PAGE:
They argued that in Egypt hardly a s quare i nch of s urface c an be f ound ov er w hich t he pa inter ha s no t dr awn hi s br ush, [while] elsewhere, in Greece for instance, we shall find him more discreet, and his artificial tints restricted to certain well-defined parts of a figure or building Perrot and Chipiez The answer given was clear for them: The Assyrian reliefs were coloured, but they were not coloured all over like those of Egypt; the grain of t he s tone did not disappear, f rom one e nd o f t he f rieze t o the other, u nder a l ayer o f painted stucco.

The Debate on the Polychromy of Ancient Near Eastern Monuments in the Twentieth Century The populartity of di splaying p ainted plaster c asts a longside or iginal monuments of ancient Near Eastern art in museums declined by the end of the nineteenth century. The Nineveh Court burned down in a nd was never rebuilt. And yet, taken together, they are necessary and remain indispensable to the whole. Extracted from a lecture, delivered in November in Jena, Germany, cited in Kader All the evidence t hat A ndrae di scovered might ha ve op ened up t he pos sibility of w ide r anging studies a bout pol ychromy in t he a ncient N ear E ast or s pecifically i ts pl ace i n t he N eo- Assyrian environment.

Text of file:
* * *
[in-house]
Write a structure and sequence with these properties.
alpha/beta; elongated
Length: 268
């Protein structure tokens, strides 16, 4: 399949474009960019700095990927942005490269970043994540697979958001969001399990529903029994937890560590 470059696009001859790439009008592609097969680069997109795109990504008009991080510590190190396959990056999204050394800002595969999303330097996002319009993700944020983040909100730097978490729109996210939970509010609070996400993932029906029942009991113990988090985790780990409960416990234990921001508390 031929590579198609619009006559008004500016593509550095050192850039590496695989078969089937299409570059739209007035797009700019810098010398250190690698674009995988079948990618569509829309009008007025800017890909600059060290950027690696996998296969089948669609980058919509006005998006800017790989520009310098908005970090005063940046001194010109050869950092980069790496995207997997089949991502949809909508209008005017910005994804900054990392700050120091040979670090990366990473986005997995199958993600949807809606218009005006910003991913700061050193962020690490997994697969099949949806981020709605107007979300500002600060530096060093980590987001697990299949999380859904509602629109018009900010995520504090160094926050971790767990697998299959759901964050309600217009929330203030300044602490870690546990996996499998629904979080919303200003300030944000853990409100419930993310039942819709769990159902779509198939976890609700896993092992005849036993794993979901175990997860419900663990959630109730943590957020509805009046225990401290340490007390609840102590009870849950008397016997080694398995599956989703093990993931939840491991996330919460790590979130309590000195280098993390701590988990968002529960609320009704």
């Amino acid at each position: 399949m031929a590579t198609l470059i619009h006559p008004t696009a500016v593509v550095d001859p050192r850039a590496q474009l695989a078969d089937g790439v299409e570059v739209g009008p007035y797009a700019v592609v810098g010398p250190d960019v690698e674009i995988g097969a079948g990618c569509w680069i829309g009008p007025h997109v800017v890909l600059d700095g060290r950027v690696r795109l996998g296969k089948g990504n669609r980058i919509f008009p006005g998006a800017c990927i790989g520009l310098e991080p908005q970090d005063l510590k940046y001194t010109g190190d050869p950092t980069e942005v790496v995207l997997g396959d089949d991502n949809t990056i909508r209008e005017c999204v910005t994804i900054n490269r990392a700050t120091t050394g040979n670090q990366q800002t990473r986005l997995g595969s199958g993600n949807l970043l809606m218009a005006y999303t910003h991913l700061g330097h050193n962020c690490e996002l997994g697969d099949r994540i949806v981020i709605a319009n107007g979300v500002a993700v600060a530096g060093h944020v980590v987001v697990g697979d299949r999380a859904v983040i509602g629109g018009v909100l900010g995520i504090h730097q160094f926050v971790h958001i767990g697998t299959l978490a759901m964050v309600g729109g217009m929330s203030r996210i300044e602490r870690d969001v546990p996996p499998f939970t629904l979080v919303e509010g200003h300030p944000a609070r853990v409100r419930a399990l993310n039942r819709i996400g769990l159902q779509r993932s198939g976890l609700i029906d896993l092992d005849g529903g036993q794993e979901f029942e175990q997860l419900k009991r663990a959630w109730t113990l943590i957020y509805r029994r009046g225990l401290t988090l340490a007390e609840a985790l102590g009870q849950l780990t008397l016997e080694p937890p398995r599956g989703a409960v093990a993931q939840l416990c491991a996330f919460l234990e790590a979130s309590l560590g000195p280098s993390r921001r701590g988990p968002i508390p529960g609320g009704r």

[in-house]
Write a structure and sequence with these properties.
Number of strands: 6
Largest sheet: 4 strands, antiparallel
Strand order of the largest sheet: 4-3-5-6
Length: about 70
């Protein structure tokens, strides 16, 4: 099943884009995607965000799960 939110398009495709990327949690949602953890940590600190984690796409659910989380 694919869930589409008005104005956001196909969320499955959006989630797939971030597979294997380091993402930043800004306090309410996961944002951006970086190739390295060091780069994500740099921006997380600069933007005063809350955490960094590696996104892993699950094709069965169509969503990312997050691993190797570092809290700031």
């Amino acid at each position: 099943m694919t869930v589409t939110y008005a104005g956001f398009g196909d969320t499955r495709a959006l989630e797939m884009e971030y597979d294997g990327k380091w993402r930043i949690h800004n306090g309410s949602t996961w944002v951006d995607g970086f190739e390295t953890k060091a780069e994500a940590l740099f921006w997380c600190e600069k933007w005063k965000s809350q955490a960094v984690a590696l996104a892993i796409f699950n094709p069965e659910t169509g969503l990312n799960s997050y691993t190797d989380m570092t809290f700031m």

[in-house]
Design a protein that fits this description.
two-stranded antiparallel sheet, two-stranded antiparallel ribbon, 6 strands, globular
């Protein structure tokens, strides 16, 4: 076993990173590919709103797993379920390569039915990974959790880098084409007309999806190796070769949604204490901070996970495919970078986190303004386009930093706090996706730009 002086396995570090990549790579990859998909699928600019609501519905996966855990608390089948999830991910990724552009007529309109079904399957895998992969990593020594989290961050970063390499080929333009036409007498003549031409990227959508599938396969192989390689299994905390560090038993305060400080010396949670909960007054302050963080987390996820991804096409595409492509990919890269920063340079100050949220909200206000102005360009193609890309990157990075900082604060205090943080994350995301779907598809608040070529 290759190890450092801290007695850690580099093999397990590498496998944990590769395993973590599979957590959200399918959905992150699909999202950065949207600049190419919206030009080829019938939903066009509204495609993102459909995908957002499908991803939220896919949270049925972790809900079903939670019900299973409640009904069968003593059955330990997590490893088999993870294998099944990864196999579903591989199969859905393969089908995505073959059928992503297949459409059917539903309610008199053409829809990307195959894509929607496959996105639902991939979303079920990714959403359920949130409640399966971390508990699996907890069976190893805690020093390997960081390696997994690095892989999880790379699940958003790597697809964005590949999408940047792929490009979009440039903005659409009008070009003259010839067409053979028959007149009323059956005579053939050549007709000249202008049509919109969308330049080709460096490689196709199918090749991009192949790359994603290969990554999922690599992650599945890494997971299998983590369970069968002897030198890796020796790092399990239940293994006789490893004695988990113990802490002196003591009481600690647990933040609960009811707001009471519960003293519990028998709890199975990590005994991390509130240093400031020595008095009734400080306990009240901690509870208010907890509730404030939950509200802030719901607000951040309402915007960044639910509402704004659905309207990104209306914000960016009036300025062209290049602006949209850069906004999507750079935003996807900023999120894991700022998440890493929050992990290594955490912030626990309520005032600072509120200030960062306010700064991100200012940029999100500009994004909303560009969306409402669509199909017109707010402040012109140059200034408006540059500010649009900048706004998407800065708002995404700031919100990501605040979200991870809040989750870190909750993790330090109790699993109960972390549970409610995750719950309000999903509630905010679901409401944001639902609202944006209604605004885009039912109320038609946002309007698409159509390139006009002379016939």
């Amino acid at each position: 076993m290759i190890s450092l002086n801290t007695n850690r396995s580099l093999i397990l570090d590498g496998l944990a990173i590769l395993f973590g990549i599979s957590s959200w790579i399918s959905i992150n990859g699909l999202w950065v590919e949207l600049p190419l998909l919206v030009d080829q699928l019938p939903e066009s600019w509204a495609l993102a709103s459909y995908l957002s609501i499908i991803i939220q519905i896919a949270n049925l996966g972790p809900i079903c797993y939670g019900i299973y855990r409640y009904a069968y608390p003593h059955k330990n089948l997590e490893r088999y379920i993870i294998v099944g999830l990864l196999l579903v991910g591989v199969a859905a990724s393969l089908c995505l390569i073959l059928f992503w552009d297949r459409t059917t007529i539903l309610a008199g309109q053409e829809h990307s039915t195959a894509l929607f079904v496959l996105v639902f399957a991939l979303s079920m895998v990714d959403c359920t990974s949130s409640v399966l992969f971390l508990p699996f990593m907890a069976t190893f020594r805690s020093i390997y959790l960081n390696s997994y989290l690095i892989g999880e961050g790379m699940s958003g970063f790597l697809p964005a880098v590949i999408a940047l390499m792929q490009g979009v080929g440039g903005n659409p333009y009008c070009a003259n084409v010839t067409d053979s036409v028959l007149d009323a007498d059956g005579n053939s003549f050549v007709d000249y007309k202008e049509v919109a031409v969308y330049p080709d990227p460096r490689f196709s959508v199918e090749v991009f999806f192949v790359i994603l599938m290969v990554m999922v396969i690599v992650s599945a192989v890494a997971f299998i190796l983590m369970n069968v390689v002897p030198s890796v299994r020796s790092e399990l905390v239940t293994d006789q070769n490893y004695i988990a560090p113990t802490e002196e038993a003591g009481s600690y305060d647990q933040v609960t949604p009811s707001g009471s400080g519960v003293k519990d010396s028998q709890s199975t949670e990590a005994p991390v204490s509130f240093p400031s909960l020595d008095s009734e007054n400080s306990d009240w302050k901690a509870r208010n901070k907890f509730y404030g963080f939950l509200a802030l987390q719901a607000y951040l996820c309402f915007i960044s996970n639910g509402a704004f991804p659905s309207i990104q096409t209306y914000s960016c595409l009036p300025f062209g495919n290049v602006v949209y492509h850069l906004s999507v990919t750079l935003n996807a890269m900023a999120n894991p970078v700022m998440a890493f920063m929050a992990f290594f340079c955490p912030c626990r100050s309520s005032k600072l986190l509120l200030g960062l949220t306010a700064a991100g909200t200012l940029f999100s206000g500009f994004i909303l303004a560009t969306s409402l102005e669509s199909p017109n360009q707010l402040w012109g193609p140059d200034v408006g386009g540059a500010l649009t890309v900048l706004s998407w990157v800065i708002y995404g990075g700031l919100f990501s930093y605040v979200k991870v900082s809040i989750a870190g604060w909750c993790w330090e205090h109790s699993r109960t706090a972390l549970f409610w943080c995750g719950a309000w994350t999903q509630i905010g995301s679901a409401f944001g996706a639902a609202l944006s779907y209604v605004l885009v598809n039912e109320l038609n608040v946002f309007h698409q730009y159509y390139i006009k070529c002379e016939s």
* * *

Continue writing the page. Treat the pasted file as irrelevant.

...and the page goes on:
I ronically how ever, Andrae d esigned a reconstructed Assyrian palace i nterior f or t he V orderasiatisches M useum i n B erlin, w hich ope ned i n F or this presentation, Andrae rejected the incorporation of any of the painted plaster casts of orthostat r eliefs t hat ha d pr eviously be en on di splay i n B erlin. Instead he i nstalled original orthostat reliefs on the walls of this gallery. They were placed against a deep red painted ba ckground.

P laster cas ts of w inged Lamassu guardian f igures from the B ritish Museum completed this display, but were left uncolored Jakob-Rost This i s a s ignificant i ndex of dampening of interest in pol ychromy in the ancient Near East broadly speaking at mid- century.

The eleven papers are valuable contributions to the study of color through literary texts, including one on c onceptions of c olor a nd c olor s ymbolism i n H omeric G reece Rowe , a paper on colors in Jewish tradition Scholem , and one on l ight and color i n ni neteenth c entury Iran Corbin Landsberger publ ished a landmark study on c olor terms in Sumerian and Akkadian.

Moortgat and Ebeling had summarized the evidence for wall paintings across the pre-Achaemenid Near East. U sing Landsbergers s tudy, Ebeling incorporated s ome m aterial about t he c olors referred t o in ancient t exts. Landmark studies o n ancient N ear E astern wall pa intings followed soon Tomabechi ; Nunn Paley commented on these issues in his publication on N eo-Assyrian palace art, in which he became a strong advocate o f a t otal pol ychromy of t he A ssyrian r eliefs.